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Theses Doctoral

Patient non-retention, loss to follow-up and death after ART initiation at HIV care and treatment facilities in sub-Saharan Africa: the influence of adherence support and outreach services

Lamb, Matthew Raymond

This dissertation uses three types of routinely collected data from HIV care and treatment facilities in sub-Saharan Africa to investigate the association between the availability of adherence support and active outreach services on patient non-retention, loss to follow-up, and measured death after ART initiation. Following a literature review summarizing the state of knowledge concerning the influence of programmatic services on patient retention in care and survival, these relationships are first examined in an aggregate analysis of over 232,000 patients at 349 HIV care and treatment facilities initiating ART between January 2004 and December 2008. Key findings are that several adherence support and outreach services are associated with reduced rates of non-retention, loss to follow-up, and death. Specifically, facilities offering three or more adherence support services, written educational materials promoting ART adherence, one-on-one or group adherence counseling sessions, reminder tools, and food rations to promote ART adherence were associated with reduced non-retention and loss to follow-up, while facilities offering on-site support groups for HIV+ patients, peer educators, provision of reminder tools, and food rations to promote ART adherence were associated with reduced death rates. In sub-analyses investigating six- and 12-month retention after ART initiation, facilities offering three or more separate adherence support services, routine review of medication pickup and/or dedicated ART pharmacists, and active patient outreach to trace patients missing visits had lower non-retention. Taken together, this analysis provides evidence that program-level services found efficacious in experimental settings are also effective in operational settings.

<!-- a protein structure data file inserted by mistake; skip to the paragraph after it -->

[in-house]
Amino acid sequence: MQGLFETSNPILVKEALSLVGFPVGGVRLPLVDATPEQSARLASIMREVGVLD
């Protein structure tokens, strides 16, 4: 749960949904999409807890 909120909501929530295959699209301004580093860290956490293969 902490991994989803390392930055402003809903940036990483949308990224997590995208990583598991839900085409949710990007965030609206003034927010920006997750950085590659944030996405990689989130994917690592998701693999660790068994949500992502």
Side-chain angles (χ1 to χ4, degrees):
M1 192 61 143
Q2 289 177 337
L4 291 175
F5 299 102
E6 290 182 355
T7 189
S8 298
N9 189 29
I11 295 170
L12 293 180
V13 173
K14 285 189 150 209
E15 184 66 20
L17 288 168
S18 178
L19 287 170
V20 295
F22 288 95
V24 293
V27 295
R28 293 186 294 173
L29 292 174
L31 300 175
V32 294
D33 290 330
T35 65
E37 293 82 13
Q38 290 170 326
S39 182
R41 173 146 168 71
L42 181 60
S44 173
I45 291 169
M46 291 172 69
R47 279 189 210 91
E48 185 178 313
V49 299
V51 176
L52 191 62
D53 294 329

Next, a sub-analysis is conducted among facilities also providing electronic patient-level data to investigate similarities and differences in the association between adherence support and outreach services and patient non-retention, loss to follow-up, and measured death using aggregate vs. patient-level estimates of these outcomes, and to assess whether adjustment for patient-level differences between facilities change these measures of association. In multivariate analyses, clinics offering active patient outreach had lower rates of non-retention in both the ART cohort analysis and the patient-level analysis, and clinics offering food rations to promote ART adherence were associated with a lower risk of ascertained death in both the facility-level and patient-level analyses, but this association was diminished after adjustment for patient-level covariates. In contrast, various adherence counseling or support services were associated with lower non-retention in the ART cohort analyses but not in the patient-level data analyses. When compared with the results in the first paper, fewer associations were observed, suggesting either that the countries with patient-level databases are not representative of the entire range of HIV care and treatment facilities assessed in the first paper, and/or the specific facilities with electronic databases are more similar to each other than they are to facilities without electronic databases.
Finally, the dissertation concludes with an investigation into the relationship between loss to follow-up and measured death. For this analysis, estimates of the death probability among patients lost to follow-up are created under varying assumptions (either assuming that the death probability among those lost to follow-up is equivalent to the death probability within various strata of covariates, or assuming that the probability of death is greater among patients lost to follow-up). Key findings from this analysis are that ratio comparisons of death rates between facilities offering different services are robust to changes in the death probability if patients lost to follow-up are assumed to have a similar probability of death, conditioned on covariates, as those not lost to follow-up, but that associations between facility services and death rates are masked under the scenario where the facility service is associated with loss to follow-up and the death probability is assumed to be higher, conditioned on covariates, then the death probability among patients not lost to follow-up.

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More About This Work

Academic Units
Epidemiology
Thesis Advisors
Nash, Denis
Degree
Ph.D., Columbia University
Published Here
December 8, 2017
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